3. Inability to take a step backwards
As I said in my post Want to Change Your Life? Let Go of Your Old One, you may have to take a step back in order to take make progress towards the right destination. Too often, over-achievers are so focused on the implications of taking a step back, they’d rather keep moving toward something they don’t want or no longer care about than do what’s necessary to change course.
This is especially true in career change, where there’s some unwritten code about what jobs constitute a step back in the first place. Again, the real issue is an image problem, not one of momentum.
Reframe: Remember that the truly exceptional people in nearly any field are the ones who’ve been willing to tear down what they first created to build something better based on all their lessons learned. Tiger Woods had to completely overhaul his golf swing. Steve Jobs had to re-evaluate the early concepts of the Mac before he could completely dominate personal computing with handheld devices. Think reinvention, which still incorporates all your previous accomplishments, instead of wasted effort.
4. Too many options
When you’re smart and talented, a lot of offers come your way. The luxury of choice must be a good thing, right? But too many seemingly good options can be agonizing. For one, over-achievers try to optimize a problem that doesn’t have just one optimal answer, resulting in analysis paralysis.
But there’s another problem. If you turn down a prestigious offer, you must be turning it down for something equally if not more prestigious. But what if it isn’t? How do you convince yourself to pursue the dreams that aren’t in line with society’s traditional definitions of success?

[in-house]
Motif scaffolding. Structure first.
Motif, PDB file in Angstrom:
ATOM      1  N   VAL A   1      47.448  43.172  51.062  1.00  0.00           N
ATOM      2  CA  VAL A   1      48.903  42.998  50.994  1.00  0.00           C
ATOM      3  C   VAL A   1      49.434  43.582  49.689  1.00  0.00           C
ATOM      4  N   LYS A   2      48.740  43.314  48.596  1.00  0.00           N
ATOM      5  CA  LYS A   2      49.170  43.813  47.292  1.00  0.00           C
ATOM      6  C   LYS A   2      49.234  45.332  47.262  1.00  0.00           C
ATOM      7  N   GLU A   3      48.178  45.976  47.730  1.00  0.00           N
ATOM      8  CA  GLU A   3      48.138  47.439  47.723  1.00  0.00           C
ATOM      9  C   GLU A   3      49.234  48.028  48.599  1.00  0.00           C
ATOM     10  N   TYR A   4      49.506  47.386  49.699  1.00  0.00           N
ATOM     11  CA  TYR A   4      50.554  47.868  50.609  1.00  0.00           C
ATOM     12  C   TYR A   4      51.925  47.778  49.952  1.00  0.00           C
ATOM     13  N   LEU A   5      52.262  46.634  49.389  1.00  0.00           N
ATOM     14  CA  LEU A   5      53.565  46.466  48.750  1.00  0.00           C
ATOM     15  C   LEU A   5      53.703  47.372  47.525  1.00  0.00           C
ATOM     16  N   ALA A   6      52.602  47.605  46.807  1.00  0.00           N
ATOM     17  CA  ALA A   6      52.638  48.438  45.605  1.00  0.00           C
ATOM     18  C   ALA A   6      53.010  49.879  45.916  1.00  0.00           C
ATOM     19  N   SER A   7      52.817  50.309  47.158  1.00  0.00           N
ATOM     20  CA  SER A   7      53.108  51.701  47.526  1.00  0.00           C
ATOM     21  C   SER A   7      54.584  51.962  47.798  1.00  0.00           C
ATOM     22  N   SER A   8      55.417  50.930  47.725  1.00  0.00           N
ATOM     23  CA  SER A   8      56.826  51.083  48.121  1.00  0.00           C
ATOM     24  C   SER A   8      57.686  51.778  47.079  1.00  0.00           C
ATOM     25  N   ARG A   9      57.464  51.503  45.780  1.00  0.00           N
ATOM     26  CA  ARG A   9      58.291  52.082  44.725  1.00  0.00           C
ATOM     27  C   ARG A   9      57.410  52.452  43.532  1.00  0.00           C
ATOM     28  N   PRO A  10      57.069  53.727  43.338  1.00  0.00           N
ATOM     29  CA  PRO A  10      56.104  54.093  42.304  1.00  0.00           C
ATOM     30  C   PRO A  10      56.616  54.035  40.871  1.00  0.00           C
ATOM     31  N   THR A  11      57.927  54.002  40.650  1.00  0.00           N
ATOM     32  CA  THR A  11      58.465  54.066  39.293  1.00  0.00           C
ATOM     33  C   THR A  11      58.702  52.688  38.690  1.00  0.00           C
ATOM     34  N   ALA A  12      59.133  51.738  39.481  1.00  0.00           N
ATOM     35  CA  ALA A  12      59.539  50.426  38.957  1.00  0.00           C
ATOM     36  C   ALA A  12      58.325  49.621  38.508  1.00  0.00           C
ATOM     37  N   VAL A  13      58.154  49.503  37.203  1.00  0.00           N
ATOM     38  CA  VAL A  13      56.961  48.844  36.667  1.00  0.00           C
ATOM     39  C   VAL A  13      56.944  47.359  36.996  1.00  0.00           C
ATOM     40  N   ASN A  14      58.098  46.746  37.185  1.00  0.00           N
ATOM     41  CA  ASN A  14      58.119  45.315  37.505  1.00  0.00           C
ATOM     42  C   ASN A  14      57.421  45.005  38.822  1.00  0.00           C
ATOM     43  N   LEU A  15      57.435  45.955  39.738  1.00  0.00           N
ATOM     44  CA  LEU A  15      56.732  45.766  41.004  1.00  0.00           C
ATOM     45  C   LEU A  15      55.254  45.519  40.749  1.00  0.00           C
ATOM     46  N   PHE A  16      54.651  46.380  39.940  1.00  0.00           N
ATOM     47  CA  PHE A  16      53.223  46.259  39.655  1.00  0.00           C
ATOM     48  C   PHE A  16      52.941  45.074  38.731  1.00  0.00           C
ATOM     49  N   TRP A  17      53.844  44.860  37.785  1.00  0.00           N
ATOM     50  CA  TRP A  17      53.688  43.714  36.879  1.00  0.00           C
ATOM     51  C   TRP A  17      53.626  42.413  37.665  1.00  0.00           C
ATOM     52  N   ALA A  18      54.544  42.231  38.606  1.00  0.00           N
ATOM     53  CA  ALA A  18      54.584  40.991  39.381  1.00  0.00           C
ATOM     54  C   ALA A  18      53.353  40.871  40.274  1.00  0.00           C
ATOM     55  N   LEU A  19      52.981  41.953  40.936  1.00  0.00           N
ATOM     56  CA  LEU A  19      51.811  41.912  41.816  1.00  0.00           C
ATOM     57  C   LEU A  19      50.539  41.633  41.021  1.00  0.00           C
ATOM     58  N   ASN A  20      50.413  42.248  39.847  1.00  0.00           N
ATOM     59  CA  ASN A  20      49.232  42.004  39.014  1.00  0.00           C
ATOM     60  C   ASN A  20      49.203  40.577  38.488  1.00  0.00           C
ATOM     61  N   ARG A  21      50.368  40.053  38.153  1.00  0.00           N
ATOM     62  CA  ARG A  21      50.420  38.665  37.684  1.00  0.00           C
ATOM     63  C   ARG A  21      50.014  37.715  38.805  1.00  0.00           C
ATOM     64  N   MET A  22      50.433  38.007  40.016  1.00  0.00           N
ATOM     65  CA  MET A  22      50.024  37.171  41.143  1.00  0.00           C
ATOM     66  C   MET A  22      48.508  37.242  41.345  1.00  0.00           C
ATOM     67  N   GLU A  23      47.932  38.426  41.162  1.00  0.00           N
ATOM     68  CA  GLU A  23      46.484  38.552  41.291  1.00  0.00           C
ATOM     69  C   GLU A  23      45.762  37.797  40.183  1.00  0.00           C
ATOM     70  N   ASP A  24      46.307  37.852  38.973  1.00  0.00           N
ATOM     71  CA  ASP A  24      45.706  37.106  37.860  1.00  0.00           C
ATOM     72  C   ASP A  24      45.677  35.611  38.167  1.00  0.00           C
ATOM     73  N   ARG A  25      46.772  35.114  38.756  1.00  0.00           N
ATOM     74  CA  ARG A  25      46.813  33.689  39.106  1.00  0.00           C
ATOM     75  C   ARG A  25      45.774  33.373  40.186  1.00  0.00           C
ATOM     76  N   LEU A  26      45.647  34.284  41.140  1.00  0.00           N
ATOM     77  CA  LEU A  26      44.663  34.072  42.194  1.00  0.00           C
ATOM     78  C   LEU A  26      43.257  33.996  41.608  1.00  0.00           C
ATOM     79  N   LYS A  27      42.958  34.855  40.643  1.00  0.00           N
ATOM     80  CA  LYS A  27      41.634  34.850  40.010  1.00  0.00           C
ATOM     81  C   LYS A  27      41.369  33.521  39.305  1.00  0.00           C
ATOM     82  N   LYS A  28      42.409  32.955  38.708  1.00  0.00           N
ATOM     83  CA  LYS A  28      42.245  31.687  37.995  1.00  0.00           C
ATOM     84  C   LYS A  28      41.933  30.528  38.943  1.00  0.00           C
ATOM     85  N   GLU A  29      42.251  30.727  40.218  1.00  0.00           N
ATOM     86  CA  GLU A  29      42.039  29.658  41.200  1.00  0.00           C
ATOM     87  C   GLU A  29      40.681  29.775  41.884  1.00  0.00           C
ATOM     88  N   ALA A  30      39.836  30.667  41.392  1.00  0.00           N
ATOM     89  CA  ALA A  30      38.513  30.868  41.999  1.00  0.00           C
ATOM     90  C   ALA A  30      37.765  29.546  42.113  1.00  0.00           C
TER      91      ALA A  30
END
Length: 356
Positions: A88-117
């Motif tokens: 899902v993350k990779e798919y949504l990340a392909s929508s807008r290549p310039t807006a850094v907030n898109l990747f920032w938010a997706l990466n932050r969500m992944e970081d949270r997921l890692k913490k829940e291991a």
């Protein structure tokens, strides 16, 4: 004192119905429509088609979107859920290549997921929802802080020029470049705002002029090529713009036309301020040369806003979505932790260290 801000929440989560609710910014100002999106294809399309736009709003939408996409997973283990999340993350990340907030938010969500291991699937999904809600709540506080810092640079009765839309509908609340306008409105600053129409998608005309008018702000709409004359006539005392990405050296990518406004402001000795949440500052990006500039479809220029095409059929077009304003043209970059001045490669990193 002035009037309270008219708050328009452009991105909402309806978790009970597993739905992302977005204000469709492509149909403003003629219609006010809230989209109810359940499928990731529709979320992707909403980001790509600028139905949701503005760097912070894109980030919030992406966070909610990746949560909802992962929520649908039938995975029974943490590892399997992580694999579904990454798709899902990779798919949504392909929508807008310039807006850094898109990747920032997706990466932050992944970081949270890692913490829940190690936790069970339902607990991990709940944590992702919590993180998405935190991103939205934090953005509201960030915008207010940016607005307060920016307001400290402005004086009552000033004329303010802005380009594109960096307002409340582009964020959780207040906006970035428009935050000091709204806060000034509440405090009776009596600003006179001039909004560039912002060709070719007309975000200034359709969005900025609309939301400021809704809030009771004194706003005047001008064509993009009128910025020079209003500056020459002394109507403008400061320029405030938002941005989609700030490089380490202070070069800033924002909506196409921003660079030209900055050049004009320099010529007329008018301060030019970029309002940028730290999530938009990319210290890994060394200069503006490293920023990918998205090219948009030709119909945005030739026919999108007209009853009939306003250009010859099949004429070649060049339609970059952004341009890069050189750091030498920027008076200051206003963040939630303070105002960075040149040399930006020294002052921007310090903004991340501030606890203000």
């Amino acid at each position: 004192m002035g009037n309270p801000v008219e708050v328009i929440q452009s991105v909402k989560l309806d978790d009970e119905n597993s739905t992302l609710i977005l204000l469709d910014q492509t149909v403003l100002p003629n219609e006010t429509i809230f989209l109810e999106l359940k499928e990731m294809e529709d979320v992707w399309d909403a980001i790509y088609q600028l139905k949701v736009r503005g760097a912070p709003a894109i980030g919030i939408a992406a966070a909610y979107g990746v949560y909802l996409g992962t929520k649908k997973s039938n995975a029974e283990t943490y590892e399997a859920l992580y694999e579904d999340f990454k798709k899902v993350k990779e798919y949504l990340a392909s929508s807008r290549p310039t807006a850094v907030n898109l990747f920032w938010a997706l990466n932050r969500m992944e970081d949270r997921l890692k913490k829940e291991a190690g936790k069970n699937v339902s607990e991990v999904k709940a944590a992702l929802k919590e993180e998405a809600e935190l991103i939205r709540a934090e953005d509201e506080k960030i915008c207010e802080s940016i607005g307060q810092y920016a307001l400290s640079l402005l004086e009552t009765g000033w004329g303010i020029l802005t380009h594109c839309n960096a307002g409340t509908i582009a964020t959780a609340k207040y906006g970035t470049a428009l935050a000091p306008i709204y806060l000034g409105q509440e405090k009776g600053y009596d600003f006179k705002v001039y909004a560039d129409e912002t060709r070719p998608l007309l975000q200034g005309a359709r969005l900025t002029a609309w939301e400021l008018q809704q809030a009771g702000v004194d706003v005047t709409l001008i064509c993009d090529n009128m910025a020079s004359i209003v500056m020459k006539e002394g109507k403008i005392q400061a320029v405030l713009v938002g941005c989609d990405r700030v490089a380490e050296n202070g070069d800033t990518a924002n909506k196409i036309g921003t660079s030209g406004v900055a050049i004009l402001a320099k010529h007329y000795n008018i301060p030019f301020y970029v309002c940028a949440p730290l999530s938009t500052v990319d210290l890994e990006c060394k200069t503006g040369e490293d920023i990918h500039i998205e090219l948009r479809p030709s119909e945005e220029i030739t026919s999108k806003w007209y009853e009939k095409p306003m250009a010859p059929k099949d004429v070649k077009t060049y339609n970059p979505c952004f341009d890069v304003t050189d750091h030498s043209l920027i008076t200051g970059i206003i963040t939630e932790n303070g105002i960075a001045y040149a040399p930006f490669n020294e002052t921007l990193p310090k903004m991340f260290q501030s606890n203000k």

Reframe: You can’t control how many offers you get, but you can try to change the nature of them and certainly how you respond to them. For one thing: be honest about what you want. Tell people what motivates you and then let them try to come up with offers that match it.
5. Too impatient
The real secret is that over-achievers have trained themselves for efficiency rather than results. When faced with a true challenge, they say “It can’t be done” instead of “it takes too long.” A number of clients told me they felt they’d never get hired in a new career field because it was too different from their current work.
Reframe: The question usually isn’t whether or not something can be done, but how long it will take and how hard you’re willing to work at it.
In an interview I did with Copyblogger founder and online mogul Brain Clark, I asked him how he knew when to cut his losses. What he said might well be the singular piece of advice over-achievers need to hear
There is a difference between general passion of what you want to do which could be a general field of subject matter or even broader. What you’re actually executing on at a project level is some very specific sliver of that. So just don’t be committed to one idea. Be willing to give that up, but don’t give up your broader passion. I think sometimes people don’t see the difference between. Failing at one execution within that realm is not the same as failing in general.
First you have to know what you want, then you find a way to get it. It’s that simple.
The person you need to please is yourself. And there’s no risk of failure when you never give up. Nor are there too many options: most won’t even be relevant.
As I’ve said many times, we’re most proud of overcoming challenge, not avoiding it.
It’s inviting trouble into your life, and I can’t promise it will always be easy. In fact, I can guarantee it won’t.
But you’ll be happier, and maybe for the first time in your life, you’ll have yourself to thank.
Editor’s note: Want more help learning how to reframe and channel your overachiever tendencies? Check out my Overachiever’s Guide to Meaningful Success course. This comprehensive course teaches you how to redefine success for yourself and develop new metrics to keep you on track with a life of meaning.